Through deep googling for Treasure Island (the Navy base that was the furthest thing from anyone’s fantasy of pirates or buried treasure), I came across this view of my barracks (the modern ones) after having lived in the WW2 models not seen here.
You have arrived at this post because you searched for one of the following problems:
Microsoft.Windows.ShellExperienceHost … needs to be installed correctly
Error Code 0xC1900200 – 0x20008 (Code 0xC1900202 – 0x20008)
Windows 10 upgrade couldn’t update the system reserved partition
Your computer is not compatible with Windows10 (the supremely bitter irony when you are updating it)
If you share the same problem I struggled with for a week, then the resolution could be quite simple. It requires a tool downloaded from the net, some adjustments of your disk’s partition table, and (yet one more attempt to) update/upgrade.
What follows is not for the faint of heart, but it is within the skill set of any tinkerer. By that, I mean you know the risks; but if you don’t perform backups of your data–you don’t qualify, and I suggest you back away from this page right now.
Through considerable Googling of the terms above, I found a tool called MiniTool Partition Wizard Free reviewed on PCMag. There’s your resource for fixing (knock wood) the problem that brought you here.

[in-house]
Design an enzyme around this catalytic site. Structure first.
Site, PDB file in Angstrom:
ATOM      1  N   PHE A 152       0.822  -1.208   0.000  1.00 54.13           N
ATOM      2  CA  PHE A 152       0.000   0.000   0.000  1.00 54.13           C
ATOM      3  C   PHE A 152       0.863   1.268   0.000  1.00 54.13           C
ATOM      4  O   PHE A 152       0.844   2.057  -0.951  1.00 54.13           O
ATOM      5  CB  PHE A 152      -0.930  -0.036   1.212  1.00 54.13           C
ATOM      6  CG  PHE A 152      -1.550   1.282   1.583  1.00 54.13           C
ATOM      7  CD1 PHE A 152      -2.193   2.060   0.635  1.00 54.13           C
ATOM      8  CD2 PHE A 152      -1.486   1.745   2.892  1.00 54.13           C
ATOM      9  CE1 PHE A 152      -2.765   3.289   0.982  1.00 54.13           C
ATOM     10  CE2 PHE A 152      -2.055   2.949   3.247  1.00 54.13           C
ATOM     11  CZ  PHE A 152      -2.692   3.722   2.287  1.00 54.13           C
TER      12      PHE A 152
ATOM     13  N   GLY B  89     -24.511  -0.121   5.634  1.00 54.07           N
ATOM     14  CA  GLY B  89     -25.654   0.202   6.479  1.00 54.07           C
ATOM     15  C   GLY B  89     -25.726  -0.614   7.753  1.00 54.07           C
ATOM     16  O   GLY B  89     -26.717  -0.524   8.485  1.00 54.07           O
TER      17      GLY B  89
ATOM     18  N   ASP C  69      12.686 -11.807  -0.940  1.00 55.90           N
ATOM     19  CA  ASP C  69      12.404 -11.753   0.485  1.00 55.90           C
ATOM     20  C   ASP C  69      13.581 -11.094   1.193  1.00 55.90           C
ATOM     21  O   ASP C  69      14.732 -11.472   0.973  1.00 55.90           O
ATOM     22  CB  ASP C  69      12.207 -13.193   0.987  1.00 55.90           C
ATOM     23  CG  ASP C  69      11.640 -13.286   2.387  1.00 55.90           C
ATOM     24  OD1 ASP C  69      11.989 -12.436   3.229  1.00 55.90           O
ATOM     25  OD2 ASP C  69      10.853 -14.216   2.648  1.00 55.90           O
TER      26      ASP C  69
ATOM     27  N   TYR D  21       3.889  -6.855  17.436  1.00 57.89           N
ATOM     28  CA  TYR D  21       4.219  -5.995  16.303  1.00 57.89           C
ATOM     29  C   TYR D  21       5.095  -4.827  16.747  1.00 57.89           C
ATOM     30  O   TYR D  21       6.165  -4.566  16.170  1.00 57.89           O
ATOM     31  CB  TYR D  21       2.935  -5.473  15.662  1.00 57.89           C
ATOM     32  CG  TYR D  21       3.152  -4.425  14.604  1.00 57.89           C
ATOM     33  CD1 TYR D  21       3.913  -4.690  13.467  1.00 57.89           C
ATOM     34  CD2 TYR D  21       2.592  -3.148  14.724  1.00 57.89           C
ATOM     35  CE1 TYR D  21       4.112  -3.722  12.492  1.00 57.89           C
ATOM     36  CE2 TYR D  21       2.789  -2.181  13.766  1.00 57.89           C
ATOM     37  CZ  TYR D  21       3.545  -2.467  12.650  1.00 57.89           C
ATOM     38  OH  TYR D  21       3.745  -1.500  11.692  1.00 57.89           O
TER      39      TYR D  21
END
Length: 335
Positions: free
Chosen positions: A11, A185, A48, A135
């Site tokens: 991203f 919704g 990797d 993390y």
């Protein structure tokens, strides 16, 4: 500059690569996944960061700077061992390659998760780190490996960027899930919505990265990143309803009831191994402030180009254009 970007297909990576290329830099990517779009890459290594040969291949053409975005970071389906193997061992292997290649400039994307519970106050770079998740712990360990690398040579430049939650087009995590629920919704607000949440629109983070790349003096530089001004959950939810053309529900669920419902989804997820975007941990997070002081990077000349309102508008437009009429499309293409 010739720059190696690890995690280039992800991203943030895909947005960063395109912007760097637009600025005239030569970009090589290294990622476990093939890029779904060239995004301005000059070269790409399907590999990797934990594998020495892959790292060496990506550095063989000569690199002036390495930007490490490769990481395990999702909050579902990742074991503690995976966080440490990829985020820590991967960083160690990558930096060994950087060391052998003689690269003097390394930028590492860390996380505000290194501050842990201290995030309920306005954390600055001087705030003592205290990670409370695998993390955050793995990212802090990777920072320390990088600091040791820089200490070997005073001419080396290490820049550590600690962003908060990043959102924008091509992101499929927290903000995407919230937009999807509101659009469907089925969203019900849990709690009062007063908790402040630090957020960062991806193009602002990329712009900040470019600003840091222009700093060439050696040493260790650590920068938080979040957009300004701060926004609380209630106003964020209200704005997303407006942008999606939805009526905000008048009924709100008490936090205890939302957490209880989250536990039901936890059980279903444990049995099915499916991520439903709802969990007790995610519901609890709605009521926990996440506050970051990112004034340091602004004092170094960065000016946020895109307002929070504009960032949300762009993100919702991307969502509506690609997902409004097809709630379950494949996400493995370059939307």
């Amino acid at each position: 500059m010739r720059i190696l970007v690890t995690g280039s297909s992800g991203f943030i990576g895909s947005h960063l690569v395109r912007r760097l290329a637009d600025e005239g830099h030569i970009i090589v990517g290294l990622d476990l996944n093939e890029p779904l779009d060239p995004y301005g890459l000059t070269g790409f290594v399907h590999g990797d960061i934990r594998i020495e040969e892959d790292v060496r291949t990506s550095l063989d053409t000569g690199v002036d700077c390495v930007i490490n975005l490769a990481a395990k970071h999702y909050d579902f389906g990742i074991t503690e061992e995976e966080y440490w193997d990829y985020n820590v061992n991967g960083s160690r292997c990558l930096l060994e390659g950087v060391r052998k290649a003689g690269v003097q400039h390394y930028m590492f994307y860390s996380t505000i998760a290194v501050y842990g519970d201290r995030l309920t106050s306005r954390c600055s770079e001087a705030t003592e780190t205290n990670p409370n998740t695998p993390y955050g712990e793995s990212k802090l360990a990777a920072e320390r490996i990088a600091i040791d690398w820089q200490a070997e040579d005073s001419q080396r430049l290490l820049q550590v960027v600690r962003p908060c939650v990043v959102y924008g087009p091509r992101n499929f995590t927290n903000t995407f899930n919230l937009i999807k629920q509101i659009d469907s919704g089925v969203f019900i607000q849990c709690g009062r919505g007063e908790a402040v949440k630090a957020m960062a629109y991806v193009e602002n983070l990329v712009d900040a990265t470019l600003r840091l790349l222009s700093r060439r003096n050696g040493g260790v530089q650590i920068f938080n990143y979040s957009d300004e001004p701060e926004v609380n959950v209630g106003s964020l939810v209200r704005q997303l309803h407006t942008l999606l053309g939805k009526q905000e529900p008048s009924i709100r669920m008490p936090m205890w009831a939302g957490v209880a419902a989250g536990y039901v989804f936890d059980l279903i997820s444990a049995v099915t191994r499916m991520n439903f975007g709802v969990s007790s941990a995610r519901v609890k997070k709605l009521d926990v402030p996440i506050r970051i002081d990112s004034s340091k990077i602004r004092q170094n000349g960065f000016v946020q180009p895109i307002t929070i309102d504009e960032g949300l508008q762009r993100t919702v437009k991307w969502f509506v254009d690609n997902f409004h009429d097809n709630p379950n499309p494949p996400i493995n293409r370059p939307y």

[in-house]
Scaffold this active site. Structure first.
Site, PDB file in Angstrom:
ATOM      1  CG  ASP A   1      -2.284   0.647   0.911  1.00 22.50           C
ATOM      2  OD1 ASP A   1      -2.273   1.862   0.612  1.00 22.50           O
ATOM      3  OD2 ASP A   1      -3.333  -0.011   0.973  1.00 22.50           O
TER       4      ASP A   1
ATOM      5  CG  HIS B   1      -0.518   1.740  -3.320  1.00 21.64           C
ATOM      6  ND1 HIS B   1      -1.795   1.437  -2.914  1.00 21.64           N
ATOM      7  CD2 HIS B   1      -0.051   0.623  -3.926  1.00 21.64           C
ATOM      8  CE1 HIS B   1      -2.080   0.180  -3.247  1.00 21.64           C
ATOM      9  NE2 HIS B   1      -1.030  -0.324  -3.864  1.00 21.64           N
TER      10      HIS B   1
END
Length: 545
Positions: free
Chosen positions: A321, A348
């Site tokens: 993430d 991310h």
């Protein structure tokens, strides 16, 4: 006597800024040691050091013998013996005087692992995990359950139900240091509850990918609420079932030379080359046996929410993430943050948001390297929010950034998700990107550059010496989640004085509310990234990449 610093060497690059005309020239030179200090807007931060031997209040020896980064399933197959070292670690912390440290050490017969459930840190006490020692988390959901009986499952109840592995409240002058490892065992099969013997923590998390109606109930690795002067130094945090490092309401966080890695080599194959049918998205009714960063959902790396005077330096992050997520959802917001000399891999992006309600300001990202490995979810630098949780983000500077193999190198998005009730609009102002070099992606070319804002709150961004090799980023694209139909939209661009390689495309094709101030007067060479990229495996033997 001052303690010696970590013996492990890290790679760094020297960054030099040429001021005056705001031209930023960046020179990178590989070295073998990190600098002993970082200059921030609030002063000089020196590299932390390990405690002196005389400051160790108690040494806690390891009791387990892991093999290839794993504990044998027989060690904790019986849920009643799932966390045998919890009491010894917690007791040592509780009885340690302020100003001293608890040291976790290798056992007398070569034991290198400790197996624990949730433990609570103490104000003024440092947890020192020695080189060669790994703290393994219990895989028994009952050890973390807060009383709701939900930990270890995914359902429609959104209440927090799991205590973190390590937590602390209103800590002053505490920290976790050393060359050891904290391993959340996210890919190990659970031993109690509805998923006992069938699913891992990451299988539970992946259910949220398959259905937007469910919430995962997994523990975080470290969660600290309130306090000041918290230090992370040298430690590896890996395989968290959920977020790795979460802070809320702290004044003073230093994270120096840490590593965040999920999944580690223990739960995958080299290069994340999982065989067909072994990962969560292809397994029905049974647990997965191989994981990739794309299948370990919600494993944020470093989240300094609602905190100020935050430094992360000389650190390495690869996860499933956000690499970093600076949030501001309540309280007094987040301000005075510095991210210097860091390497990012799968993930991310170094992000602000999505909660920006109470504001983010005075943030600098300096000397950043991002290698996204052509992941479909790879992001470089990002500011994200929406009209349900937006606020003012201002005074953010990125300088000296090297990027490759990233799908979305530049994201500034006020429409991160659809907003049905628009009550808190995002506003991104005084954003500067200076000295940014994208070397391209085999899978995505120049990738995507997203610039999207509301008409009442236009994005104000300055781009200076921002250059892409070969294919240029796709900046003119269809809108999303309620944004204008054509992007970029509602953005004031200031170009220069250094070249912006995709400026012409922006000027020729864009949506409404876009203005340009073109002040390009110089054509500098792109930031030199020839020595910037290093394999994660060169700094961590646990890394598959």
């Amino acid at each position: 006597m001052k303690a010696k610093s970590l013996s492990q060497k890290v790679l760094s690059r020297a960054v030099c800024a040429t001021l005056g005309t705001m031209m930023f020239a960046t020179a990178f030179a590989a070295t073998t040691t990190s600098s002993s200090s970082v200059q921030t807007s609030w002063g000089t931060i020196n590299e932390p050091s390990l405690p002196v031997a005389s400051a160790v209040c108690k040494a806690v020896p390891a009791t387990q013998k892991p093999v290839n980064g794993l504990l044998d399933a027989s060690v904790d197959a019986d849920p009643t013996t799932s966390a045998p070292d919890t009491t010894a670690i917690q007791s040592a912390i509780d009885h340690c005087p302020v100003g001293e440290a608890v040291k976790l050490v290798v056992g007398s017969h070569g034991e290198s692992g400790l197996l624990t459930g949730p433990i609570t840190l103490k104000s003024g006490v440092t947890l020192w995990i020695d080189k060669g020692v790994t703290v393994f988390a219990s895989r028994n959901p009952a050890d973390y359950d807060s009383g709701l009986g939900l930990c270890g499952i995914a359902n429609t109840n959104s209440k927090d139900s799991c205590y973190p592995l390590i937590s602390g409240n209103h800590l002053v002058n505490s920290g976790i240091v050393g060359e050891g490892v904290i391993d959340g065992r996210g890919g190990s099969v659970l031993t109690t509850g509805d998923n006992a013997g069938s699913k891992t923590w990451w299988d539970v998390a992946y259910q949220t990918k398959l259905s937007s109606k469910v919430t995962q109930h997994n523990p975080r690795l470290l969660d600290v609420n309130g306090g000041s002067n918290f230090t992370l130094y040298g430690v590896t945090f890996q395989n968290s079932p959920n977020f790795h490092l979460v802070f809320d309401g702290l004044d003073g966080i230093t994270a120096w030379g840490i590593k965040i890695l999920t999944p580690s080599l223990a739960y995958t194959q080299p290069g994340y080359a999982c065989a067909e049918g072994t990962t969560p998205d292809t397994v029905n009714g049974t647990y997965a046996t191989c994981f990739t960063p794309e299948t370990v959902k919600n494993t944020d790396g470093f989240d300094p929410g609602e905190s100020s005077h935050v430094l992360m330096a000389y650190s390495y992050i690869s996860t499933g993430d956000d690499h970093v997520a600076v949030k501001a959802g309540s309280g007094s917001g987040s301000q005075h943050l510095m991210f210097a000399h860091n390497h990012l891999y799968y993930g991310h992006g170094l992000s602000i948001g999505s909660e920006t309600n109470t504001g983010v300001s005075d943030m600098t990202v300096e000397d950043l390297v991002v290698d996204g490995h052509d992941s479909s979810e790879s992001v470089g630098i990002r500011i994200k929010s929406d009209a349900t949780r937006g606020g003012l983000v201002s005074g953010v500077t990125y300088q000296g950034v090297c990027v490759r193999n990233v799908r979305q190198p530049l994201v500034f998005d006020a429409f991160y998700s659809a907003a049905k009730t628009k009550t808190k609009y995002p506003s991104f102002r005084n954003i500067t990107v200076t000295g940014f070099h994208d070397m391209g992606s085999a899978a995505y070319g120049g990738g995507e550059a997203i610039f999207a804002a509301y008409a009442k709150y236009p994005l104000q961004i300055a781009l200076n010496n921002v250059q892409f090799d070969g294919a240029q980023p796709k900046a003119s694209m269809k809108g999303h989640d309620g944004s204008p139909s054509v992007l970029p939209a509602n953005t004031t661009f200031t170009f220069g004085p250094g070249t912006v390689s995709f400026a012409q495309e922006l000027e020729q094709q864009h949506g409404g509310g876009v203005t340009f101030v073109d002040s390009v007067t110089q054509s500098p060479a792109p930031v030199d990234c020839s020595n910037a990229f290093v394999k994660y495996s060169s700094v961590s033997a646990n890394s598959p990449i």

The necessary operation is to take the OS partition (typically called C:) resize it a bit smaller (be generous, reduce it by at least double the size of the current system reserve partition) and then extend the system reserved partition to make it bigger. The MiniTool (free version) will let you change the edges of a partition. Do this at the point where they both neighbor each other. My situation had the system reserve lined up ahead of C: in the partition table. If your situation varies from my description, re-read everything for my intention.
FIRST: take memory off from the beginning of C: (this is what I did), and
SECOND: add the same amount of memory to the system reserve’s end.
THIRD: press the button on MiniTool to commit the change.
This rescued me from the useless, repetitive, unproductive efforts of Windows to self diagnose (it never had a clue), and correct the problem (that never was going to happen, this had been going on for every update for a year).